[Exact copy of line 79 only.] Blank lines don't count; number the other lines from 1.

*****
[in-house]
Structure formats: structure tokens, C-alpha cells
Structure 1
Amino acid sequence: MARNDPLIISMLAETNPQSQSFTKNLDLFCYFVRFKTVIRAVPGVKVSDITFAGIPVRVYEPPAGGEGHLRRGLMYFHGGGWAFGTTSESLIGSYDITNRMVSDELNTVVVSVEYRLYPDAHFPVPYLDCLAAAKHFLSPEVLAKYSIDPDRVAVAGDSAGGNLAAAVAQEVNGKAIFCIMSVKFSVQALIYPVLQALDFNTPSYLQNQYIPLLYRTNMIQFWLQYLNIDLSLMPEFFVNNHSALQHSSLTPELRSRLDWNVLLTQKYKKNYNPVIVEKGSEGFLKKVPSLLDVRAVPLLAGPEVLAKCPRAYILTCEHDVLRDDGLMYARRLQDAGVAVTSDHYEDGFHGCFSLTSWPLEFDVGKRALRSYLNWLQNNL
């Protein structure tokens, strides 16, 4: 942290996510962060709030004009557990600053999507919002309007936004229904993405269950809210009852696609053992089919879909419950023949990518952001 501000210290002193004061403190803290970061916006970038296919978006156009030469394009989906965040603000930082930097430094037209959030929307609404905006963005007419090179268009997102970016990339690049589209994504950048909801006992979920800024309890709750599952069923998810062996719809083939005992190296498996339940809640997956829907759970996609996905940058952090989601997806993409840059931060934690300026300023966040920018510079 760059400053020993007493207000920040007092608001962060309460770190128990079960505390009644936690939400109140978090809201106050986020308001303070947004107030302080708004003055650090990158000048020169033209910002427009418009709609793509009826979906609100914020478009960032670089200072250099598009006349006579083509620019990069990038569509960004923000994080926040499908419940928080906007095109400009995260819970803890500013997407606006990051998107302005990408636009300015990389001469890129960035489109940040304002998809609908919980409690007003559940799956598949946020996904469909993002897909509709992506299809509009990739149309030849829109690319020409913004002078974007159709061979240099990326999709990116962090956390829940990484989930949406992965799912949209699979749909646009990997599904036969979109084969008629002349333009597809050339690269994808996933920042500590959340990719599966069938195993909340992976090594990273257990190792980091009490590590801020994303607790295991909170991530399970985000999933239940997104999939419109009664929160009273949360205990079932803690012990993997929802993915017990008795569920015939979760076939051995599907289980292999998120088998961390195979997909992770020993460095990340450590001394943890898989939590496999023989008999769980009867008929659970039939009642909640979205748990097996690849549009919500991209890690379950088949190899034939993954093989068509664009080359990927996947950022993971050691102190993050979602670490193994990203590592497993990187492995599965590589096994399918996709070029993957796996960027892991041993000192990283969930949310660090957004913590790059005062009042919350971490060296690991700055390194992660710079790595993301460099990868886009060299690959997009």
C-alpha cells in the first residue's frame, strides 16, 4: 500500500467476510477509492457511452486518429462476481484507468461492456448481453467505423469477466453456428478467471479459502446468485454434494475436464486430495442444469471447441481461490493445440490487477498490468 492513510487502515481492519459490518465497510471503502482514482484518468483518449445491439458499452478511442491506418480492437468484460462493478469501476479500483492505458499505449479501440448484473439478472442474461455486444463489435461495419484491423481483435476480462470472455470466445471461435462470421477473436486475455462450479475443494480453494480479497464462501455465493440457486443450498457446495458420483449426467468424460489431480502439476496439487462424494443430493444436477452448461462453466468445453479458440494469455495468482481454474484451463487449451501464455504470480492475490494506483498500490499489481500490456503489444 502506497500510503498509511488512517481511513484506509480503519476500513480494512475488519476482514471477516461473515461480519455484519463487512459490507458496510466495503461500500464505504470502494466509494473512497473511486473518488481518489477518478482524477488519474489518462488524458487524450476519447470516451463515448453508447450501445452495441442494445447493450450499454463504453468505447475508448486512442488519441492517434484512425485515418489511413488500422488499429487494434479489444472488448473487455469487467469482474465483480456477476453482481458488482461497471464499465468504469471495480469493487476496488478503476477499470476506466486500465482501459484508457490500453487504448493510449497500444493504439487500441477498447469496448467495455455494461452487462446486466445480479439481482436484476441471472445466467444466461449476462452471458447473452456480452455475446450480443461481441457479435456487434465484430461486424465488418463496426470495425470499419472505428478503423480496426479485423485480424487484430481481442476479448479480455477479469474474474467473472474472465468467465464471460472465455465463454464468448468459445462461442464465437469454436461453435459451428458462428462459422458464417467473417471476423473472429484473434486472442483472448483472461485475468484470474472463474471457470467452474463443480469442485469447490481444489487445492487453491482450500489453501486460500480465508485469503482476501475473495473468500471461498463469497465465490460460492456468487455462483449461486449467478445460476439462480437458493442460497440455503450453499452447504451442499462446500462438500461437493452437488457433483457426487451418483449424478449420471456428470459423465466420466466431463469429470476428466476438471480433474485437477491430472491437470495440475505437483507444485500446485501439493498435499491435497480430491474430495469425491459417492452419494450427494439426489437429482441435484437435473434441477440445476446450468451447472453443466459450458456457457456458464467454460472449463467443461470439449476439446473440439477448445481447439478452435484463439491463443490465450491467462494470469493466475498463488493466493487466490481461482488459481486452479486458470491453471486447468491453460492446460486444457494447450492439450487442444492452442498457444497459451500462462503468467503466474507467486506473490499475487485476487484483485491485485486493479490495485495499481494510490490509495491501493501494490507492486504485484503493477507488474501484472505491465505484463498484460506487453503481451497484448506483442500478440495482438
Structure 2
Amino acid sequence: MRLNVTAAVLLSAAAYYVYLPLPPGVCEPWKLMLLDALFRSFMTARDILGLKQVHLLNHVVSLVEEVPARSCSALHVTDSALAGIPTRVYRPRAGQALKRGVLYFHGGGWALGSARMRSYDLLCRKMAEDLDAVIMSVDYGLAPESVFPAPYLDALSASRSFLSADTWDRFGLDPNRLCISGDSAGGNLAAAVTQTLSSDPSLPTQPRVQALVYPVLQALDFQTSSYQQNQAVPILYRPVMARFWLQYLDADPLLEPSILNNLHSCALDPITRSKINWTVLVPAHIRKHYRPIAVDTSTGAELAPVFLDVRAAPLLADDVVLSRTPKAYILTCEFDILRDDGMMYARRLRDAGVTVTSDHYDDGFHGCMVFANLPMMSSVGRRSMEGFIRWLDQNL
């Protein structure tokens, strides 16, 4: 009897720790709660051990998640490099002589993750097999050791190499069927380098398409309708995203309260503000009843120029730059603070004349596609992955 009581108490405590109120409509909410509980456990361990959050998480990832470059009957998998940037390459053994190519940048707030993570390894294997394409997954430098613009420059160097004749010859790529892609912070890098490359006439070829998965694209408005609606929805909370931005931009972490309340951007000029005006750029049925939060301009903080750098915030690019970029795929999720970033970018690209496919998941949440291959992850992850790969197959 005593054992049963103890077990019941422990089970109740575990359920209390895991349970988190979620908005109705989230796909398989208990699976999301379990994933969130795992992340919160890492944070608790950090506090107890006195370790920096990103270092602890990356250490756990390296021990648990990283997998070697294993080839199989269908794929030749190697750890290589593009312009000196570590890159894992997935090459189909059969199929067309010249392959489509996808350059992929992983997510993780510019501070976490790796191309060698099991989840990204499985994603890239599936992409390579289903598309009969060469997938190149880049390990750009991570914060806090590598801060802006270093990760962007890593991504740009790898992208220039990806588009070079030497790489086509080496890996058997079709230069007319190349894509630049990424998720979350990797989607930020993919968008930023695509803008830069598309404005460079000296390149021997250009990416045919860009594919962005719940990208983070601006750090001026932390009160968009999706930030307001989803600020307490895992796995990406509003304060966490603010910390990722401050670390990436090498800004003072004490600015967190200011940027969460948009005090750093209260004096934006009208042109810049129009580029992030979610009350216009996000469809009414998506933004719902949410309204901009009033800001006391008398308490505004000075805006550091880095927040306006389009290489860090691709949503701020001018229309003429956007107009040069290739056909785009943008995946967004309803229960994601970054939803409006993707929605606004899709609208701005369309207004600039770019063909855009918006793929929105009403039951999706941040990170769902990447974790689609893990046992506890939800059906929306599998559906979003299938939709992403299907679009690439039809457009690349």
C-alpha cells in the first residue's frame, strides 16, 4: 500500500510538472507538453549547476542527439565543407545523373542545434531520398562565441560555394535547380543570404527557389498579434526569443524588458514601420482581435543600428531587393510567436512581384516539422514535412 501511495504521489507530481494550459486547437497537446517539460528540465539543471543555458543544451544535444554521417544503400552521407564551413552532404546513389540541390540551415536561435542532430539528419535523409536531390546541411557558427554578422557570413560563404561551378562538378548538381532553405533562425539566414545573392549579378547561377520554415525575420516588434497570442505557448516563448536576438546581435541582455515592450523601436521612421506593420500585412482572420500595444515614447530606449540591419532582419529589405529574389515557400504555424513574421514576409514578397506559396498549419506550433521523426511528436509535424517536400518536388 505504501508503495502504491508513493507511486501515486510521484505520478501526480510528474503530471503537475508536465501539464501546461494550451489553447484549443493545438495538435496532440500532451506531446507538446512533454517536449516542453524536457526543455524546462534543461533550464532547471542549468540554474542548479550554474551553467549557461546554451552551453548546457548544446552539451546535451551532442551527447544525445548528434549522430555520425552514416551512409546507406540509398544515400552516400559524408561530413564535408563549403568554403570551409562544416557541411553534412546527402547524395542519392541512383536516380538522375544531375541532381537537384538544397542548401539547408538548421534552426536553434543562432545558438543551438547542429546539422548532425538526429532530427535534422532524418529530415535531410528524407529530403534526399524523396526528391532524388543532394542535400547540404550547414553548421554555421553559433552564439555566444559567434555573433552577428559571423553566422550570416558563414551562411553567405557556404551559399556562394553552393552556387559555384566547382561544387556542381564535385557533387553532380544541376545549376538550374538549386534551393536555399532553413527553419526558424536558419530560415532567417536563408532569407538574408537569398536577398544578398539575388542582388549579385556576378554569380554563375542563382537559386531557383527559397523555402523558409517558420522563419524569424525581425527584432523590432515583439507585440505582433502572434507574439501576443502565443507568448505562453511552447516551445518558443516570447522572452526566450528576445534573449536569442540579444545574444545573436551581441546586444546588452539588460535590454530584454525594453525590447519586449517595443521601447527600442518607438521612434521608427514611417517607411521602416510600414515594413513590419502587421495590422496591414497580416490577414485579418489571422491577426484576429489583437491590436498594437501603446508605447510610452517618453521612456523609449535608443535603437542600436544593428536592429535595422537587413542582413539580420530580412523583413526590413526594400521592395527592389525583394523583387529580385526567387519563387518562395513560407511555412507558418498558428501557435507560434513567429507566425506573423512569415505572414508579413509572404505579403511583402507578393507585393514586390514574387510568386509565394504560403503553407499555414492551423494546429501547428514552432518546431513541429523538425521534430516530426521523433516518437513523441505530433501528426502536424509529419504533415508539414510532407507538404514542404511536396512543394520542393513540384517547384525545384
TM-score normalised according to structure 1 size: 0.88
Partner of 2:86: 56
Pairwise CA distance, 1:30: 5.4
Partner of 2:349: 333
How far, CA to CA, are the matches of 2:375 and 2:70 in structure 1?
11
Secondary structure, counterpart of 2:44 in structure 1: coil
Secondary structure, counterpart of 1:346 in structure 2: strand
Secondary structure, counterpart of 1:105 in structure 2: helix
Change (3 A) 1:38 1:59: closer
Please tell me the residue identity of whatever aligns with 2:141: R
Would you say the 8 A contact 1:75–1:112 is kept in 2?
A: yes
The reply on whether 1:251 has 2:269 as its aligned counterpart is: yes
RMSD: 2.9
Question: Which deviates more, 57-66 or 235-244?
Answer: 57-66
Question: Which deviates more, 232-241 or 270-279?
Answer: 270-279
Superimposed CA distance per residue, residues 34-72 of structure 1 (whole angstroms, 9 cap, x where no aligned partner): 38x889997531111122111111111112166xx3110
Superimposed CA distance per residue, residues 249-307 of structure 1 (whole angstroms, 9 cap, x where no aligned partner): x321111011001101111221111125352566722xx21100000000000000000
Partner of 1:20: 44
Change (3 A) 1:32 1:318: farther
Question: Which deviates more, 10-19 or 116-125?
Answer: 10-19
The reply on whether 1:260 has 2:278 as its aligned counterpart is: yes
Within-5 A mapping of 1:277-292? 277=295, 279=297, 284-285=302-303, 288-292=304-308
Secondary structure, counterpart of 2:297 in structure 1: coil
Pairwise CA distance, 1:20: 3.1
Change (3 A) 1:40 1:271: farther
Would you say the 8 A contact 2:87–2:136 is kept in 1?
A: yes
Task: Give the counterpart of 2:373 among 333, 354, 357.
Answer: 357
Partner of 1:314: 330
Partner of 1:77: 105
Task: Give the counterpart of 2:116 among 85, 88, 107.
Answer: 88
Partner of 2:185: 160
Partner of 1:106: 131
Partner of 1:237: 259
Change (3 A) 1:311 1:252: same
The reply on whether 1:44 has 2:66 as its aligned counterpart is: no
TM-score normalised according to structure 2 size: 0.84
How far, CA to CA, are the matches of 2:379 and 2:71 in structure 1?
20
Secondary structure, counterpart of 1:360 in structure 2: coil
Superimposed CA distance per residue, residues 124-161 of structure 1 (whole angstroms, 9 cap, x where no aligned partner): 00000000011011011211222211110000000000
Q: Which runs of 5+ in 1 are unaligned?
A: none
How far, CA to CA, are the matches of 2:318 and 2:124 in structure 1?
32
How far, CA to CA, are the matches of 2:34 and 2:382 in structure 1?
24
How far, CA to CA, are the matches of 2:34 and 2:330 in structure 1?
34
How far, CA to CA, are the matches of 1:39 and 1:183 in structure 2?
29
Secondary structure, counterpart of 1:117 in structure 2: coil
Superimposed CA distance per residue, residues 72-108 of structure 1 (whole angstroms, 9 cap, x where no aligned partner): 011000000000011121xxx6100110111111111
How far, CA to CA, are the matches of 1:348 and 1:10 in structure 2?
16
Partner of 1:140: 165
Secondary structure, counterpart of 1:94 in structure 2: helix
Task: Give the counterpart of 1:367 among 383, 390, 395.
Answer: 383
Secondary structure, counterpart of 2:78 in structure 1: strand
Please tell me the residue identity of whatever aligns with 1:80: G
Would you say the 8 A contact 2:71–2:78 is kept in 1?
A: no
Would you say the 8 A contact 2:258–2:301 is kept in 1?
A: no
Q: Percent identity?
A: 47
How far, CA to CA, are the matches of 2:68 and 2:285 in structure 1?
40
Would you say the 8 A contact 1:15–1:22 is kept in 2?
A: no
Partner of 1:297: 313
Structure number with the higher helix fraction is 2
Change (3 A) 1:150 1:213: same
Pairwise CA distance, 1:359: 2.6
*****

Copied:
Would you say the 8 A contact 2:71–2:78 is kept in 1?